Indian cricket survives on star power. The biggest stars are legends and demi-gods rolled into one. When they are performing, it’s said, they are capable of winning a match on their own. When they are not, it’s hoped that they will bounce back just in time to win a big match.
This infinite trust in the top guns is what holds India back at the business end of successive white-ball ICC tournaments, despite making it to the semifinals or finals almost every time. But no lessons seem to be learnt.
This feature played out again against England at the Adelaide Oval on Thursday. There hadn’t been a match in this competition where all three – Rohit Sharma, KL Rahul and Virat Kohli – had fired in unison. The skipper, especially, had been short of runs while Rahul found a few against Bangladesh and Zimbabwe.
Only Kohli and Suryakumar Yadav, who captured the attention of world cricket in this tournament, were in run-making form before Hardik Pandya stepped up to no avail in the semi-final. But even then, the highest score India managed in this World Cup was 186, with their three highest totals coming against Zimbabwe, Bangladesh and the Netherlands.
No top-order change
The start of the Indian innings, almost in every match, was pedestrian by current T20 standards but there was hardly any thought given to a possible change in the top order. The only debate about team composition was whether Rishabh Pant should replace Dinesh Karthik. The top four was seemingly set in stone. It was believed the big guns would roar at the opportune moment and were just keeping their powder dry in the group stage. It was just a matter of time, it was said.
But that’s how Indian cricket functions. It’s up to the big names to make even a bigger name for themselves on the big day, even if that line of thought hasn’t quite worked in big knockout games for almost a decade now. Kohli and Pandya got half-centuries against England alright, and the latter went into overdrive in the slog overs, but the inadequacy of the total was laid bare by Jos Buttler and Alex Hales, who didn’t let the contest enter the slog overs of the second innings.
It’s not like the case with England. If Hales and Buttler don’t fire, there’s Ben Stokes, or Moeen Ali, or Liam Livingstone – none with the individual class of Kohli, but much more potent as a unit.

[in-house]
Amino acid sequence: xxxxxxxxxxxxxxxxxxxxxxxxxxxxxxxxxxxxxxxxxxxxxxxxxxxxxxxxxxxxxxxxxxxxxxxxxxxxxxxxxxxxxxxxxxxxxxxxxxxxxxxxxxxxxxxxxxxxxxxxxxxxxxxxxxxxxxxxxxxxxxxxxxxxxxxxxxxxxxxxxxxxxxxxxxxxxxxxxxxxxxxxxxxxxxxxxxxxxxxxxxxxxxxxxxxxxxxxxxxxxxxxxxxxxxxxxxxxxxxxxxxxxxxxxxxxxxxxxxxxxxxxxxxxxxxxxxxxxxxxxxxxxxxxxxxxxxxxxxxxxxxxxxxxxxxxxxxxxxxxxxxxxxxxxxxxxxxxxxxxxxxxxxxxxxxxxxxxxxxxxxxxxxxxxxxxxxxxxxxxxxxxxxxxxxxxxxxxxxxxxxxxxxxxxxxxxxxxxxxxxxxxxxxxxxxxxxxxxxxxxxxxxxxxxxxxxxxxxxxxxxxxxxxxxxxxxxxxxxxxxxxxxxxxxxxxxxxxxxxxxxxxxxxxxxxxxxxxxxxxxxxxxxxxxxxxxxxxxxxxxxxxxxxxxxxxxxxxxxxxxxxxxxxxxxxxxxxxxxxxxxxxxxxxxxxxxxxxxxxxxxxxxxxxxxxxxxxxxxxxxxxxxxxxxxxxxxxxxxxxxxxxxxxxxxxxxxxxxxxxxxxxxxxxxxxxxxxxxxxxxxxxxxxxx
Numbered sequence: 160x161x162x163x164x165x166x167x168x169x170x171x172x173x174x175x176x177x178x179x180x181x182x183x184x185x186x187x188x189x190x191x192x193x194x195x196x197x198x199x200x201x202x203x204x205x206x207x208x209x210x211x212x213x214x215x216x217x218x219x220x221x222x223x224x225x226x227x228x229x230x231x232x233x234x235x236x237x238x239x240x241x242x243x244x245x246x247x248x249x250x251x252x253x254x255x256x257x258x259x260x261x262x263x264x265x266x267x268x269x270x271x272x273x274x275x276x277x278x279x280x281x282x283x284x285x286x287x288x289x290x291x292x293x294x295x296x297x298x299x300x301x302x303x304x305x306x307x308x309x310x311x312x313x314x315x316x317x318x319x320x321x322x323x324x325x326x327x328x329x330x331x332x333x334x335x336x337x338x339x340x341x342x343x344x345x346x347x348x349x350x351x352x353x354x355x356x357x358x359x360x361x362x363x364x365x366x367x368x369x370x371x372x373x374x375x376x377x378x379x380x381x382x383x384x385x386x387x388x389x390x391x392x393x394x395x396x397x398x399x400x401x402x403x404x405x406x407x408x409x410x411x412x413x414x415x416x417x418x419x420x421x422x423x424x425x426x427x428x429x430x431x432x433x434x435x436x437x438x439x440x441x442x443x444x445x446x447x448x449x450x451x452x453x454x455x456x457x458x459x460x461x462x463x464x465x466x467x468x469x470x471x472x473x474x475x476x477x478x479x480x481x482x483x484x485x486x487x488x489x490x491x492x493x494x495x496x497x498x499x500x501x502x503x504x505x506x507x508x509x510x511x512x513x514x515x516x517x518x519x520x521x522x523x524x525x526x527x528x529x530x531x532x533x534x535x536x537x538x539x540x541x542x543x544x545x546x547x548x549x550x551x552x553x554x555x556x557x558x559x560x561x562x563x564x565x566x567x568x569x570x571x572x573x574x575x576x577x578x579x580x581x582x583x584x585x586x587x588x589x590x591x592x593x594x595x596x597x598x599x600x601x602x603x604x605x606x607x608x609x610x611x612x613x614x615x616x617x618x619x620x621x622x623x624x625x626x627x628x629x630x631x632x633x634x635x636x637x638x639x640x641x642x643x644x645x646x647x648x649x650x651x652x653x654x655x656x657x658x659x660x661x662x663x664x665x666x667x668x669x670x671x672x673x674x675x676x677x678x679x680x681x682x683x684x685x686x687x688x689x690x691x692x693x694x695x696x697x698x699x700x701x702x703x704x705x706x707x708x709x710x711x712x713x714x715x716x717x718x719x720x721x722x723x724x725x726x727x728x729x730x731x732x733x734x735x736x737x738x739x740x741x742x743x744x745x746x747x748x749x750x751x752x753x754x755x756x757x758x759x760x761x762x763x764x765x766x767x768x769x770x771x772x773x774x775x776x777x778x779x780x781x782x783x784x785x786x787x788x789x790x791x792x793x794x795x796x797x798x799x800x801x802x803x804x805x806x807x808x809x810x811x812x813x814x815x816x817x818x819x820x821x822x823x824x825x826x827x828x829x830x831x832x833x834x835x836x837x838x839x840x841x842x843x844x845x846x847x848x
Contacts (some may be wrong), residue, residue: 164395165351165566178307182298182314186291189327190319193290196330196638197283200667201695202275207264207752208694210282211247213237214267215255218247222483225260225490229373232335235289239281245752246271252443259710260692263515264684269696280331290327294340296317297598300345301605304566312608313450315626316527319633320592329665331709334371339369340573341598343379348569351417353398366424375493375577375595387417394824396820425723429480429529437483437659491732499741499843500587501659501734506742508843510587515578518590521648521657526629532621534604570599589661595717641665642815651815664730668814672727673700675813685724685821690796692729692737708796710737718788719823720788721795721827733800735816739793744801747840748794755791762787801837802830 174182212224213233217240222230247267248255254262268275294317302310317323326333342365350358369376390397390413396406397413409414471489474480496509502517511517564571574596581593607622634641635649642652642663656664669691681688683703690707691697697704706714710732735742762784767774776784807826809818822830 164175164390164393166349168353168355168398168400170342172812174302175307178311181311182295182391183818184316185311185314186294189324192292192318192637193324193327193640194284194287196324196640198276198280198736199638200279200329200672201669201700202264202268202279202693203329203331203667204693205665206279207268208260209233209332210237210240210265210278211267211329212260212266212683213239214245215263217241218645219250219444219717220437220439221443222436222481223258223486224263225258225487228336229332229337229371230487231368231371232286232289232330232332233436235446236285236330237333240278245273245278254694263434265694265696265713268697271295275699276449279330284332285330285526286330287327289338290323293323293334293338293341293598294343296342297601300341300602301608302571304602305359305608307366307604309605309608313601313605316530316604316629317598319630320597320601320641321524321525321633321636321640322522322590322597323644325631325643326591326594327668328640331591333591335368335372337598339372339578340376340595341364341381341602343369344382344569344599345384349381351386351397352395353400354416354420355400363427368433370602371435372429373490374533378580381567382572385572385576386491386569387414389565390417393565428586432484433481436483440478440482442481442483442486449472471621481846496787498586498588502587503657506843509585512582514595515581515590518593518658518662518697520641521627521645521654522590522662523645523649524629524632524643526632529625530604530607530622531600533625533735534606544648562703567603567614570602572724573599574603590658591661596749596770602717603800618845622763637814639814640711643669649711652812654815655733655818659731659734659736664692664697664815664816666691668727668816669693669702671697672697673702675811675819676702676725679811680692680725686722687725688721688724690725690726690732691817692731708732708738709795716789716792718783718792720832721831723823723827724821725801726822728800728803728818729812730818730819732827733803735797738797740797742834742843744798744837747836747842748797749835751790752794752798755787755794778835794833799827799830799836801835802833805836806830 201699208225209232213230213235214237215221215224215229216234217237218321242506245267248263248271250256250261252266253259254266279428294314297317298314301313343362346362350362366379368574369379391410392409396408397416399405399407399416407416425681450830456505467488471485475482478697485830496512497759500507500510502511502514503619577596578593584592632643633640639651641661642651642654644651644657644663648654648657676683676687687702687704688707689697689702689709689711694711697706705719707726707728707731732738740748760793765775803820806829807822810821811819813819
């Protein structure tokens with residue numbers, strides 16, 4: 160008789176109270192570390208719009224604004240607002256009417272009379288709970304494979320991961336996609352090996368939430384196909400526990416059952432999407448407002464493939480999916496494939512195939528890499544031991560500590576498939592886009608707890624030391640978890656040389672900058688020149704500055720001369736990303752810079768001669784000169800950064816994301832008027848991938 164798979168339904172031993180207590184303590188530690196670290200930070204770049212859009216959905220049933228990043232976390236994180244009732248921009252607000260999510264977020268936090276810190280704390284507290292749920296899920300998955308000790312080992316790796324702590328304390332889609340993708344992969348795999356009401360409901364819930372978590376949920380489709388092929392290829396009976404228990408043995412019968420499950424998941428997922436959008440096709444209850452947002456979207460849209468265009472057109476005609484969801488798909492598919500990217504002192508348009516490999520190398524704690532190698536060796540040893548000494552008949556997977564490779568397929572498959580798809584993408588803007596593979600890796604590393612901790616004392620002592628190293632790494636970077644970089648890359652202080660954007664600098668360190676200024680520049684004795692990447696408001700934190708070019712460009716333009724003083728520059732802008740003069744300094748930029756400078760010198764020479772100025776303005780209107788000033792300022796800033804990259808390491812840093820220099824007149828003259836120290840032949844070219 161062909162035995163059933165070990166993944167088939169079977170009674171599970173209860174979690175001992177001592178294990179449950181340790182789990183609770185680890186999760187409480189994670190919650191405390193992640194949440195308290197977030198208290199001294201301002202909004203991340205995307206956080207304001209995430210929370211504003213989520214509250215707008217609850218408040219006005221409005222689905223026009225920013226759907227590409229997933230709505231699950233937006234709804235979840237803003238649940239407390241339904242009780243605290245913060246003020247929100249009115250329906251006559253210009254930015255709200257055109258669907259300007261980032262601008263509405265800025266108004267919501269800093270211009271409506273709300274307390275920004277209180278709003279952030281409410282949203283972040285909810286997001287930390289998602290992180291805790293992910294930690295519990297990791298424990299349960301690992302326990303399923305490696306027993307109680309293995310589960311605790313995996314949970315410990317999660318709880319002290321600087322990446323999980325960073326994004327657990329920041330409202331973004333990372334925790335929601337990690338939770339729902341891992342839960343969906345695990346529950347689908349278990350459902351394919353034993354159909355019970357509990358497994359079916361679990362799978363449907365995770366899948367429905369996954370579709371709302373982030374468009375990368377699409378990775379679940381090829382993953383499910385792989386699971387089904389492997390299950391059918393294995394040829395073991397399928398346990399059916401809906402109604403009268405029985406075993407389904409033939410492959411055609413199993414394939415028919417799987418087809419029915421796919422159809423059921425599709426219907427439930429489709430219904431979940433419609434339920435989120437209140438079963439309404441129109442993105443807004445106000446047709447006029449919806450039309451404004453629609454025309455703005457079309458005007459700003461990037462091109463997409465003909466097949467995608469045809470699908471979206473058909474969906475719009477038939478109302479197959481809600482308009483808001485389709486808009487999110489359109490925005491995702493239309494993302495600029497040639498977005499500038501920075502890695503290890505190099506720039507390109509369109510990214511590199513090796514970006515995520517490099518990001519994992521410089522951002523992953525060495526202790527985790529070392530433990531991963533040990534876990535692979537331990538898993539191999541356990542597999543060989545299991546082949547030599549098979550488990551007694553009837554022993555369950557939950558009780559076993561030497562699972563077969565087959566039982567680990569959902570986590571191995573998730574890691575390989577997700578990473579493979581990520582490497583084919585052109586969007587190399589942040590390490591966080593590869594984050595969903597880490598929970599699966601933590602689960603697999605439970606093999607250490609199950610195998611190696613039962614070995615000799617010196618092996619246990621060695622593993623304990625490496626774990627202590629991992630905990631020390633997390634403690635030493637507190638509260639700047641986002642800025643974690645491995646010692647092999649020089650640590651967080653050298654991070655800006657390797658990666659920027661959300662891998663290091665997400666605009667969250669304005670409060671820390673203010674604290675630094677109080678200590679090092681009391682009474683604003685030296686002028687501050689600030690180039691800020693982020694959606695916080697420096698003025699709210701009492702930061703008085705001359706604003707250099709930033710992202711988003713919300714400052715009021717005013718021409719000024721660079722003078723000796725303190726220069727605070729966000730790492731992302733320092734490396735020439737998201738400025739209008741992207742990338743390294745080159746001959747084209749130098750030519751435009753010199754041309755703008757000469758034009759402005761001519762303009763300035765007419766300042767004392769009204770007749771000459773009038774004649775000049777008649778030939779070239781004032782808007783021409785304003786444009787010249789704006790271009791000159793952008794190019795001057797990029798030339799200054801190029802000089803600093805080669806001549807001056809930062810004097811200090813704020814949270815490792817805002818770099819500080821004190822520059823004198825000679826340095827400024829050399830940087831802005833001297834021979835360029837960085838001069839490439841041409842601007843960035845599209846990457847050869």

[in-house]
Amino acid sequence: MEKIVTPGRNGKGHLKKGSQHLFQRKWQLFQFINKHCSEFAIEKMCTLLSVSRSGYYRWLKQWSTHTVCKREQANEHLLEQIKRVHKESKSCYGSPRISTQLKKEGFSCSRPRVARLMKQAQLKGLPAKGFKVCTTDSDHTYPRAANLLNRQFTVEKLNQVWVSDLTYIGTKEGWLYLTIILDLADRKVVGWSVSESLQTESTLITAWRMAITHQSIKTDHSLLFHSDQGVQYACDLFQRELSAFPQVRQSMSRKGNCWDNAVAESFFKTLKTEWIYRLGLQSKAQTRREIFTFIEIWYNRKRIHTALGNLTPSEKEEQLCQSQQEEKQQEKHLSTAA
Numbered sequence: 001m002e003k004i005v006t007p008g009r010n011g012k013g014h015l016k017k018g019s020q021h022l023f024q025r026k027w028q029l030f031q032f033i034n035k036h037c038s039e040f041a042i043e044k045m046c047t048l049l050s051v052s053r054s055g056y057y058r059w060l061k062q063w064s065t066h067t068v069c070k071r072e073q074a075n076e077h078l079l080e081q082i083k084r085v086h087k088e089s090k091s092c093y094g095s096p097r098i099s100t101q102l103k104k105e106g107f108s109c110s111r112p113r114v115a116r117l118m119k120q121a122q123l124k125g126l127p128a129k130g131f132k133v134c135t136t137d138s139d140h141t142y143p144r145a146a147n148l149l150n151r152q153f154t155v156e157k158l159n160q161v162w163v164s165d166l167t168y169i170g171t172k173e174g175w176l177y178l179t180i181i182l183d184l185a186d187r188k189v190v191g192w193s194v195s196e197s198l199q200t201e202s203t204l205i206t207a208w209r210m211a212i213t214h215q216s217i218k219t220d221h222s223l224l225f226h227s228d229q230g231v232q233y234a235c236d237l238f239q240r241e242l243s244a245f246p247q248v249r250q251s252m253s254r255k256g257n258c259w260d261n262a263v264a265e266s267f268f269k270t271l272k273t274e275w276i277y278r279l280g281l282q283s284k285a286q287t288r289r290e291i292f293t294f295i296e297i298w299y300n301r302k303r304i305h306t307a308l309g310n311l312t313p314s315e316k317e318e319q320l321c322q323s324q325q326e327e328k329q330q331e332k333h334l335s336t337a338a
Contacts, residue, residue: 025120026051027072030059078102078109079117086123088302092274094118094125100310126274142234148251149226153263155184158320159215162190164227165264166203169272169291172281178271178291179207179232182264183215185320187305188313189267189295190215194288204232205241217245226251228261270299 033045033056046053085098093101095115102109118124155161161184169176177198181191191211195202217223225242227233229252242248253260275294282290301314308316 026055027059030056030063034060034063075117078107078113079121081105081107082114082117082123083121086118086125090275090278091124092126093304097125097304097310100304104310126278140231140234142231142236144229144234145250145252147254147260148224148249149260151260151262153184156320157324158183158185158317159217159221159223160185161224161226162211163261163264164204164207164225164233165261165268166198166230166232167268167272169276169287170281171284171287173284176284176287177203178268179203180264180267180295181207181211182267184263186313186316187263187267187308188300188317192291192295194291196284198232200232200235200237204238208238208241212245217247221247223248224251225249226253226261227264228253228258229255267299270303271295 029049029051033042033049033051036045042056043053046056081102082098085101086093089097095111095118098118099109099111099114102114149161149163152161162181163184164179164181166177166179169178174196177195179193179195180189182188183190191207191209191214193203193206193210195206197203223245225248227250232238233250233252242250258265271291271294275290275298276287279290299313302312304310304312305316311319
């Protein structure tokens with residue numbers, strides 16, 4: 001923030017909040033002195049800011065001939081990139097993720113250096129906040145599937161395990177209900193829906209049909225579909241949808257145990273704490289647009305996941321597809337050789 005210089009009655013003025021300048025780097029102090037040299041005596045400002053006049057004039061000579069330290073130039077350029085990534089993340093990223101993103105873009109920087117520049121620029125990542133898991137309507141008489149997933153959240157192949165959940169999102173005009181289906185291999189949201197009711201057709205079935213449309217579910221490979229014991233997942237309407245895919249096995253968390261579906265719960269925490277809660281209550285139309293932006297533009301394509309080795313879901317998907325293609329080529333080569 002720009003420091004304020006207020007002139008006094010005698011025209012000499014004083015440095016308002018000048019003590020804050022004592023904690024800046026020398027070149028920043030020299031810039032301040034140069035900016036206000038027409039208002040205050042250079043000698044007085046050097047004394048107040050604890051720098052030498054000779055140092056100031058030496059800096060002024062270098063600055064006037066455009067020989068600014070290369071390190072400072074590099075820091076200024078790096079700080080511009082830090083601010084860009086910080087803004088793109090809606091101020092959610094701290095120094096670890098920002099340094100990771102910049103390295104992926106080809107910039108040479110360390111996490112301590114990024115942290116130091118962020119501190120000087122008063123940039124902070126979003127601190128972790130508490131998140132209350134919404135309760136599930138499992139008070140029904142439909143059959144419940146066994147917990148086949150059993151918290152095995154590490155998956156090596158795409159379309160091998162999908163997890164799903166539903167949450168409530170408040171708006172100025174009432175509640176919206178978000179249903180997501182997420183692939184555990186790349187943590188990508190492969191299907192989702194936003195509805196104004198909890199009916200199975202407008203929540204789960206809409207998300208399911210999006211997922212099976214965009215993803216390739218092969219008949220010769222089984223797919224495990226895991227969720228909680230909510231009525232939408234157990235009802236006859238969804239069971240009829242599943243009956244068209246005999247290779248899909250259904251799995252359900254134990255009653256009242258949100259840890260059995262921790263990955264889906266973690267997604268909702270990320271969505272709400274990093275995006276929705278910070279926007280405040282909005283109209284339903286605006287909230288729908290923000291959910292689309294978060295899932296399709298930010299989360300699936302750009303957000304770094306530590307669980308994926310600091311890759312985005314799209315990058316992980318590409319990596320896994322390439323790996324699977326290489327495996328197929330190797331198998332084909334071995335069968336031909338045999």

Kohli and Yadav dominated the run-scoring charts and headlines throughout the tournament, but neither will feature in the summit clash. Buttler and Hales are the only batsmen among the top 10 scorers for the tournament who will be in action on Sunday. Cricket is called a team game for a reason.
Conservatism was a feature of both the batting and bowling sides. India never seemed to target anything over 170 against top opposition, and the bowling struggled if there was no help from the conditions early on. It hasn’t been long since India changed the template in white-ball cricket with two wrist-spinners in Yuzvendra Chahal and Kuldeep Yadav. The latter has just started on his way back after a downturn in fortunes, but Chahal was considered good enough to make the T20 World Cup squad, only to warm the bench and do interviews with teammates. Of late, India has used spinners more as a run-saving tool than an attacking one.
It’s the reluctance to include a more attacking spin-bowling option that resulted in India being held hostage to pitch conditions. There was no express pace either. Bhuvneshwar Kumar has been lethal with the new white ball for a long time, subject to conditions, but his relative lack of pace caught up with him on the big day. Arshdeep Singh has shown a lot of promise, but might not have got a look-in if Jasprit Bumrah had been available.
Ravichandran Ashwin made a return to India blues, but his biggest contribution in this World Cup came not with the ball, and neither with the bat, but in leaving a wide down the leg side in the last over of the game against Pakistan.
And Axar Patel’s inclusion in the playing XI had more to do with some batting depth down the order than penetration with the ball, especially when the left-arm spinner couldn’t be trusted to bowl his full quota in unhelpful conditions.
After India’s ouster, there would be a lot of finger-pointing towards India’s preparation, experimentation and approach in the months leading up to the T20 World Cup. But the question needs to be asked whether India made the most of the personnel they had with them in Australia.
There may be parallels drawn with New Zealand, who keep getting into semi-finals and finals of global white-ball tournaments without quite making the final step. But there is no comparison between the two countries as far as the cricketing ecosystem, player pool and resources are concerned. The Kiwis consistently overachieve given their various constraints. The same cannot be said about India.